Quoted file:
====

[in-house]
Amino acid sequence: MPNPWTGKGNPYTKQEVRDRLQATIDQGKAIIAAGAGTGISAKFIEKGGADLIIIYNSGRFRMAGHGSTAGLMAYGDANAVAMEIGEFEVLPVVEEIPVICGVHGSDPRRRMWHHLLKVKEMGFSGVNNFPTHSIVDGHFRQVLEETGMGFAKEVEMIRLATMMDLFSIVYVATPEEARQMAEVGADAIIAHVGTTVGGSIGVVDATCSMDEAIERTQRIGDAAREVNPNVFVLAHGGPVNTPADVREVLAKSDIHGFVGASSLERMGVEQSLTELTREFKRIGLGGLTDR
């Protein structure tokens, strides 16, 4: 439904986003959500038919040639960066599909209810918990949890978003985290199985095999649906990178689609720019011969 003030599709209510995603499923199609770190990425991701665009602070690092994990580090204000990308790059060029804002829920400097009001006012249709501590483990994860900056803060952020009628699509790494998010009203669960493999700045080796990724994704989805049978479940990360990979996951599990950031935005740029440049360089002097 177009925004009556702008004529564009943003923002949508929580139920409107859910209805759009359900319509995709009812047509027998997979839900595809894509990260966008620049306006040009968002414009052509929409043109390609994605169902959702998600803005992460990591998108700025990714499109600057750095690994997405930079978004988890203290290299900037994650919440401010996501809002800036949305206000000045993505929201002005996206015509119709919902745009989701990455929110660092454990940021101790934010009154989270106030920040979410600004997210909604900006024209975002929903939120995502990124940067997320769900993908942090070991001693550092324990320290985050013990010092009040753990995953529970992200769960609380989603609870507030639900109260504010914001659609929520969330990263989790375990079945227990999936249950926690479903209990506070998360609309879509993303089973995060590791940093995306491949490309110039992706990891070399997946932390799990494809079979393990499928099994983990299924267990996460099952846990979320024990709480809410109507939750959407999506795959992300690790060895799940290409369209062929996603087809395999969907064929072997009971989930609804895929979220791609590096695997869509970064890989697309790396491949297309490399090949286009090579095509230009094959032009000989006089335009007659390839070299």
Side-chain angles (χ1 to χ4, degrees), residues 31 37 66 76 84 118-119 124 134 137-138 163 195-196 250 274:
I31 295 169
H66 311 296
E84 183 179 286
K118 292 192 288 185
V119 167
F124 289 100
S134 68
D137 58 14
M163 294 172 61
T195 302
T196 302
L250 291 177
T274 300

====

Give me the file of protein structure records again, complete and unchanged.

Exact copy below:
[in-house]
Amino acid sequence: MPNPWTGKGNPYTKQEVRDRLQATIDQGKAIIAAGAGTGISAKFIEKGGADLIIIYNSGRFRMAGHGSTAGLMAYGDANAVAMEIGEFEVLPVVEEIPVICGVHGSDPRRRMWHHLLKVKEMGFSGVNNFPTHSIVDGHFRQVLEETGMGFAKEVEMIRLATMMDLFSIVYVATPEEARQMAEVGADAIIAHVGTTVGGSIGVVDATCSMDEAIERTQRIGDAAREVNPNVFVLAHGGPVNTPADVREVLAKSDIHGFVGASSLERMGVEQSLTELTREFKRIGLGGLTDR
């Protein structure tokens, strides 16, 4: 439904986003959500038919040639960066599909209810918990949890978003985290199985095999649906990178689609720019011969 003030599709209510995603499923199609770190990425991701665009602070690092994990580090204000990308790059060029804002829920400097009001006012249709501590483990994860900056803060952020009628699509790494998010009203669960493999700045080796990724994704989805049978479940990360990979996951599990950031935005740029440049360089002097 177009925004009556702008004529564009943003923002949508929580139920409107859910209805759009359900319509995709009812047509027998997979839900595809894509990260966008620049306006040009968002414009052509929409043109390609994605169902959702998600803005992460990591998108700025990714499109600057750095690994997405930079978004988890203290290299900037994650919440401010996501809002800036949305206000000045993505929201002005996206015509119709919902745009989701990455929110660092454990940021101790934010009154989270106030920040979410600004997210909604900006024209975002929903939120995502990124940067997320769900993908942090070991001693550092324990320290985050013990010092009040753990995953529970992200769960609380989603609870507030639900109260504010914001659609929520969330990263989790375990079945227990999936249950926690479903209990506070998360609309879509993303089973995060590791940093995306491949490309110039992706990891070399997946932390799990494809079979393990499928099994983990299924267990996460099952846990979320024990709480809410109507939750959407999506795959992300690790060895799940290409369209062929996603087809395999969907064929072997009971989930609804895929979220791609590096695997869509970064890989697309790396491949297309490399090949286009090579095509230009094959032009000989006089335009007659390839070299």
Side-chain angles (χ1 to χ4, degrees), residues 31 37 66 76 84 118-119 124 134 137-138 163 195-196 250 274:
I31 295 169
H66 311 296
E84 183 179 286
K118 292 192 288 185
V119 167
F124 289 100
S134 68
D137 58 14
M163 294 172 61
T195 302
T196 302
L250 291 177
T274 300